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Applying authorization rules on a user-by-user basis can grow into a bookkeeping nightmare.A more maintainable approach is to use role-based authorization.In particular, we created a page that listed the contents of the current directory.Anyone could visit this page, but only authenticated users could view the files' contents and only Tito could delete the files.In the next section we will see how to implement declarative fine grain authorization via the Login View control.Following that, we will explore programmatic techniques.This may entail showing or hiding data based on the user's role, or offering additional functionality to users that belong to a particular role.
The default value is "/", which informs the browser to send the authentication ticket cookie to any request made to the domain. The default value is an empty string, which causes the browser to use the domain from which it was issued (such as
Since possession of the role cache cookie is sufficient to prove role membership, if a hacker can somehow gain access to a valid user's cookie he can impersonate that user.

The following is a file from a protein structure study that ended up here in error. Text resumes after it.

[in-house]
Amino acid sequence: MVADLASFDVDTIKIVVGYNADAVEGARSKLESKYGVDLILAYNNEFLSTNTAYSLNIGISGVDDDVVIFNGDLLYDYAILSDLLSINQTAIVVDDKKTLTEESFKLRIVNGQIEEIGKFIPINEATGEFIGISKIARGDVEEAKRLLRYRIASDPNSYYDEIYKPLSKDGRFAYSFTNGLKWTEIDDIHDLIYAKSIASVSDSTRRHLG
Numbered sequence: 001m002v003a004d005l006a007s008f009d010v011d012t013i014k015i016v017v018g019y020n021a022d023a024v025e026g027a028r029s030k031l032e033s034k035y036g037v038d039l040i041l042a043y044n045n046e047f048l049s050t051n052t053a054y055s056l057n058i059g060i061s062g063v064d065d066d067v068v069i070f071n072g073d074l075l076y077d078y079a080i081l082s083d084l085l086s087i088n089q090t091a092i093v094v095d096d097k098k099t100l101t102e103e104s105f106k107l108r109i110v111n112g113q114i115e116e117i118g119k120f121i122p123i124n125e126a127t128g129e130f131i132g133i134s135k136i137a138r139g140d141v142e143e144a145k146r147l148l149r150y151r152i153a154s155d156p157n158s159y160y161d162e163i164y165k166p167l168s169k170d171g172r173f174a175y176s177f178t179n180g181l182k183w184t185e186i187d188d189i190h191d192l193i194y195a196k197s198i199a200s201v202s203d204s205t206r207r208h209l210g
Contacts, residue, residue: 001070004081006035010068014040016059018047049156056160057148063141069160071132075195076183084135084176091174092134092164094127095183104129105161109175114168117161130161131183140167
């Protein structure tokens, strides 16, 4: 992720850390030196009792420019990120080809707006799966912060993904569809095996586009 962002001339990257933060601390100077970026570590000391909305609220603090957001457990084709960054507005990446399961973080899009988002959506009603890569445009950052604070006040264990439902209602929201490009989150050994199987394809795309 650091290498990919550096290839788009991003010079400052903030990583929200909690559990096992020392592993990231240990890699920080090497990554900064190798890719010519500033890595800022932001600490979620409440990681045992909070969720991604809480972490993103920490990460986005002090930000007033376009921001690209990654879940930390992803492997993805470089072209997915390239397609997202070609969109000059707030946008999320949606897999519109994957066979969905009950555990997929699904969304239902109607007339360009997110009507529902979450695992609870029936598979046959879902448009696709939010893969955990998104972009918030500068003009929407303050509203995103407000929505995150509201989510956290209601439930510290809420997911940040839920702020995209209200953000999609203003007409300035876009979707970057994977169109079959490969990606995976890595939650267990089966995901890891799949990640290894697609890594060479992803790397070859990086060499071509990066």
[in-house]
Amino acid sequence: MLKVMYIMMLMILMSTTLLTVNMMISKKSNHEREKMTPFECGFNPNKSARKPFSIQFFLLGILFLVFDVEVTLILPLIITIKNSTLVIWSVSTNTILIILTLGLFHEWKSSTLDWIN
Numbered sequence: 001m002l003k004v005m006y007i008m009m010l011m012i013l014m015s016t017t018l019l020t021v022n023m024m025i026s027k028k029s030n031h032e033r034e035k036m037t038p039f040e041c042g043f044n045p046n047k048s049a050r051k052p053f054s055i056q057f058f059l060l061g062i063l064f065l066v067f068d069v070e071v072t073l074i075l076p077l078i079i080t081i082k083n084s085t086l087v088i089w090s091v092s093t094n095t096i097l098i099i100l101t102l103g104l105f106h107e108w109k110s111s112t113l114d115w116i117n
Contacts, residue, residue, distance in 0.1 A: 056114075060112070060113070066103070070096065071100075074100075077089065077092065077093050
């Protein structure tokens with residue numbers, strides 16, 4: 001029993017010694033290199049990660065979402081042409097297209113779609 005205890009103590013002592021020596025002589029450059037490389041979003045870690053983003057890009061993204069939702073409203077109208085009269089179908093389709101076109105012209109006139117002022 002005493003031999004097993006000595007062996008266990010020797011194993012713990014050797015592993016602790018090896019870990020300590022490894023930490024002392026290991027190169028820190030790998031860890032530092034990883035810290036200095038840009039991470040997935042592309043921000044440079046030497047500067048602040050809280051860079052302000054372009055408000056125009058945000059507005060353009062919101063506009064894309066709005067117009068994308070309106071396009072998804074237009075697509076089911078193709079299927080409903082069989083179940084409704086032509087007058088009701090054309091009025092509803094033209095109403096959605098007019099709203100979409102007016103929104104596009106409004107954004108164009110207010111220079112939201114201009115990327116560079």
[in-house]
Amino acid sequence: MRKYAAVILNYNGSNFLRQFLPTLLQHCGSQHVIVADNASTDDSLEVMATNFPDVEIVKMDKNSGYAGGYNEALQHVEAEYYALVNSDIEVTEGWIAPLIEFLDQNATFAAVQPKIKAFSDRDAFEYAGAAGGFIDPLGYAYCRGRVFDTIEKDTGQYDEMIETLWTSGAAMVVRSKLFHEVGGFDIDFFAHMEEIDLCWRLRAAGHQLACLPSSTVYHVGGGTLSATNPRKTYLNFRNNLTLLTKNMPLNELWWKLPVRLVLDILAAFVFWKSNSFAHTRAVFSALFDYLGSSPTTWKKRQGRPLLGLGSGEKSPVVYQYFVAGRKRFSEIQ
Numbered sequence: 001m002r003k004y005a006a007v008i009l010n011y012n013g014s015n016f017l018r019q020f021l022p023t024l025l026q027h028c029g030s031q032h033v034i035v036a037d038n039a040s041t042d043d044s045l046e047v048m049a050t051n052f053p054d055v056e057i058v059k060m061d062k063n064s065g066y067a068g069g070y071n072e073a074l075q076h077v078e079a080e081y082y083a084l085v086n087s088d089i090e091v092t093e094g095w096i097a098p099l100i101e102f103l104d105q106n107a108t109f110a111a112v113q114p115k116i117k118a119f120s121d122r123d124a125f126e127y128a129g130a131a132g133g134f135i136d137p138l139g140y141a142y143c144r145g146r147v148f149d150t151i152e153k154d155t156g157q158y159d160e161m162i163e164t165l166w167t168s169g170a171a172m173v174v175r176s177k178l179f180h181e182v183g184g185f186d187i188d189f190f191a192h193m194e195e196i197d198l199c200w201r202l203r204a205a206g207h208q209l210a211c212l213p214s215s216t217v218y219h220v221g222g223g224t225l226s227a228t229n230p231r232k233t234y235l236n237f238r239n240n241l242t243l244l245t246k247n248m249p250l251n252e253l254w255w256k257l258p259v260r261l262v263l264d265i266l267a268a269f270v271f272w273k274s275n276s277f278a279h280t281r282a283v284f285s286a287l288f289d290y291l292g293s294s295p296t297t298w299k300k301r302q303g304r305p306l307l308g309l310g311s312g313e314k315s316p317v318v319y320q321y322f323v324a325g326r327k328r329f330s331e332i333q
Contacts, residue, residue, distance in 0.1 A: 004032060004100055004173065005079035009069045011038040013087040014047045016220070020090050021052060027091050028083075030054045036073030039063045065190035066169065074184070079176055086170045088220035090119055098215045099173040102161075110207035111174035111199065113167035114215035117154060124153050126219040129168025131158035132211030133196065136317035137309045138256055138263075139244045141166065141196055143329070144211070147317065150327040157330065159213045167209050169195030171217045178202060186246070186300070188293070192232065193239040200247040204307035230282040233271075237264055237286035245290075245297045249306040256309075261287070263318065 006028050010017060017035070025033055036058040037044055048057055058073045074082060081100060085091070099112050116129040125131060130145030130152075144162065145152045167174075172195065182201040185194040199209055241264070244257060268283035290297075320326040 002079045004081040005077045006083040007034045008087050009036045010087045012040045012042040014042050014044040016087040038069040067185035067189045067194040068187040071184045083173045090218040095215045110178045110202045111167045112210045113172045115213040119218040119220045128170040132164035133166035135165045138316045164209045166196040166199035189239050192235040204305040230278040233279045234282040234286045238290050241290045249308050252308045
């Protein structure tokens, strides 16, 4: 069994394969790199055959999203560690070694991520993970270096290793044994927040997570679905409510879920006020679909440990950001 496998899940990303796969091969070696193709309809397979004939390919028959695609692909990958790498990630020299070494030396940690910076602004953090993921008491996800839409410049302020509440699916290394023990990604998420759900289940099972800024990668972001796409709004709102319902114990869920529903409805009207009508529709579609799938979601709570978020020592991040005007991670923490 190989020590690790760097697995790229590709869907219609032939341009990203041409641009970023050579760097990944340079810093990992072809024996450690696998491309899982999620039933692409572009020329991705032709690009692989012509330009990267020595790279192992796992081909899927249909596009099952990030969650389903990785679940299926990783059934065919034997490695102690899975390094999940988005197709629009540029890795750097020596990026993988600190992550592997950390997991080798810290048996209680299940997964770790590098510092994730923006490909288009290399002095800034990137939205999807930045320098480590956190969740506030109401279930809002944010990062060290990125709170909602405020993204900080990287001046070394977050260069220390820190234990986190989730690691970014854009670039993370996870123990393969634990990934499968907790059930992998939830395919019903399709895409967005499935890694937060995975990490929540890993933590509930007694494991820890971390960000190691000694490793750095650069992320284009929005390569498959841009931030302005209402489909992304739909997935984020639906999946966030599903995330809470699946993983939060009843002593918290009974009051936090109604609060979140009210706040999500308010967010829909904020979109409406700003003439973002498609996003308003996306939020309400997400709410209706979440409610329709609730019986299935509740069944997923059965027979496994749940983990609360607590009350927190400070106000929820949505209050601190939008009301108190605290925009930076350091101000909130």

The likelihood of this happening increases if the cookie is persisted on the user's browser.
Technically, I didn't need to specify values for these attributes since I just assigned them to their default values, but I put them here to make it explicitly clear that I am not using persistent cookies and that the cookie is both encrypted and validated. Henceforth, the Roles framework will cache the users' roles in cookies.
If the user's browser does not support cookies, or if their cookies are deleted or lost, somehow, it's no big deal – the Note Microsoft's Patterns & Practices group discourages using persistent role cache cookies.
This tutorial starts with a look at how the Roles framework associates a user's roles with his security context.